110番に苦情を聞いて貰うなら新聞に投稿しましょうよ!!Rather than using 110 to vent your complaints write to a newspaper!!

110番に誤った使い方をされ方が増えているそうです。何と自分の苦情を聞いて貰う為に110番を掛けるそうです!?良い加減にしましょうよ!苦情があるなら新聞に投稿しましょう!!先週Japan Timesに投稿しまして、何と又選ばれました!昨日、新聞に載りました。内容はこの前ブログで日本の少子化問題と女性、特に母親の社会的地位に触れる文でした。文を書くのが大好きです。友人の編集長と有名な作家は私の書く文章を褒めて下さいます。嬉しいとともにびっくりもしました。この前、ミン・ジンさんが「あなたの文章は本当に上手ですよ。新聞に投稿するのも結構ですが大学院に入ったらエッセーをどんどん書いて断れるのを覚悟でたくさんの学術雑誌に出してみるのよ・・・」。51歳のヒヨコの私にこんな良いアドバイスをして下さるミンさんに本当に感謝です。

とりあえずJapan Timesの英語の原稿は下で見る事が出来ます↓

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I hear a lot of people are misusing Japan’s emergency number-110. Some even ring to have their complaints heard! Let’s write to newspapers for that! Last week I sent a letter to the Japan Times regarding Japan’s dwindling birth rate and how disrespected young mothers are in society. My letter was chosen and it appeared in the newspaper yesterday. I enjoy writing and my good friends- an editor and a famous author have kindly commented on how they like my writing style. A few days ago my friend Min said “ writing for newspapers is great but when you start Grad school you must start writing for Academic journals to get your name known out there. You will be knocked back time and time again but you have to keep trying…” . I am still a 51 year old baby in this field and really appreciate kind help like this.

Here is the letter that appeared in the Japan Times

READERS IN COUNCIL

 

Little respect for child-rearing

 

By SUSAN MENADUE-CHUN

Tottori

Regarding the Jan. 5 article "Experts say Japan must change how it is handling low birthrate": The policies adopted by the government, Japan’s low birthrate and the comparisons with birthrates in Germany, France and Sweden were worth a read. Still, when you consider the efforts Japan is making to rectify the birthrate with no successes in sight, doesn’t it make you think there might be a deeper problem that is being ignored?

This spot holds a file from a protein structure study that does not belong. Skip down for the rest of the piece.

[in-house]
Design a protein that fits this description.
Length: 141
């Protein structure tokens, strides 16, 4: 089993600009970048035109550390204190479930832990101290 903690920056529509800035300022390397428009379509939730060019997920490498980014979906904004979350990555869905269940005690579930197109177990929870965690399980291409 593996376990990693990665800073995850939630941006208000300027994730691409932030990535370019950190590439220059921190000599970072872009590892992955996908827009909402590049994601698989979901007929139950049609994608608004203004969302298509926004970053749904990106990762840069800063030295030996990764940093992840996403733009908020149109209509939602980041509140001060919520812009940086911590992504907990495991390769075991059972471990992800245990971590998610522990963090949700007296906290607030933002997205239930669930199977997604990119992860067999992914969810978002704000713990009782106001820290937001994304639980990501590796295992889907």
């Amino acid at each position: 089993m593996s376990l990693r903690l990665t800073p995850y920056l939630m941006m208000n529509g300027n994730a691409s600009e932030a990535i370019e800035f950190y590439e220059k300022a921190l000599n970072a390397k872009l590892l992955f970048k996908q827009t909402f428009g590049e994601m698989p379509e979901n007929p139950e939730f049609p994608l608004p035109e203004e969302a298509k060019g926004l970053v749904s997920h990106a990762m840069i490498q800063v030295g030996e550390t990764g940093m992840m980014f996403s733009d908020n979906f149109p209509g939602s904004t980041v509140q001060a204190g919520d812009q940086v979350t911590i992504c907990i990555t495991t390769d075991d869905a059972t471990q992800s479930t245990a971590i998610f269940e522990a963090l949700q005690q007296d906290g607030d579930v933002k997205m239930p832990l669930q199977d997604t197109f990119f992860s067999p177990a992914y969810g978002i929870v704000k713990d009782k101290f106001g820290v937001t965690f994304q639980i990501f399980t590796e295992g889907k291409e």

I have raised four children in Japan, mainly on my own as my husband had a busy job. This year I go back to school in Seoul to do a master’s degree, which hopefully will lead to a Ph.D. I am amazed at how many people have congratulated me on my new adventure and how much they seem to respect my determination. These comments have been gratefully received but they have also left me confused.

When I was raising my four children, I battled loneliness and discrimination, and no one ever commented positively on my efforts. The people most highly regarded in this society are those who work outside the home. However, isn’t raising children the most important job in society?

My daughters are now of child-rearing age. I have never complained to them, but in view of how I struggled in Japan — where the work of mothers receives no praise — I can’t imagine them giving up their careers and staying home.

Isn’t that where the real problem is — respect for women who stay at home? Society as a whole should be more supportive of young mothers and give them praise and respect for the important work they do.

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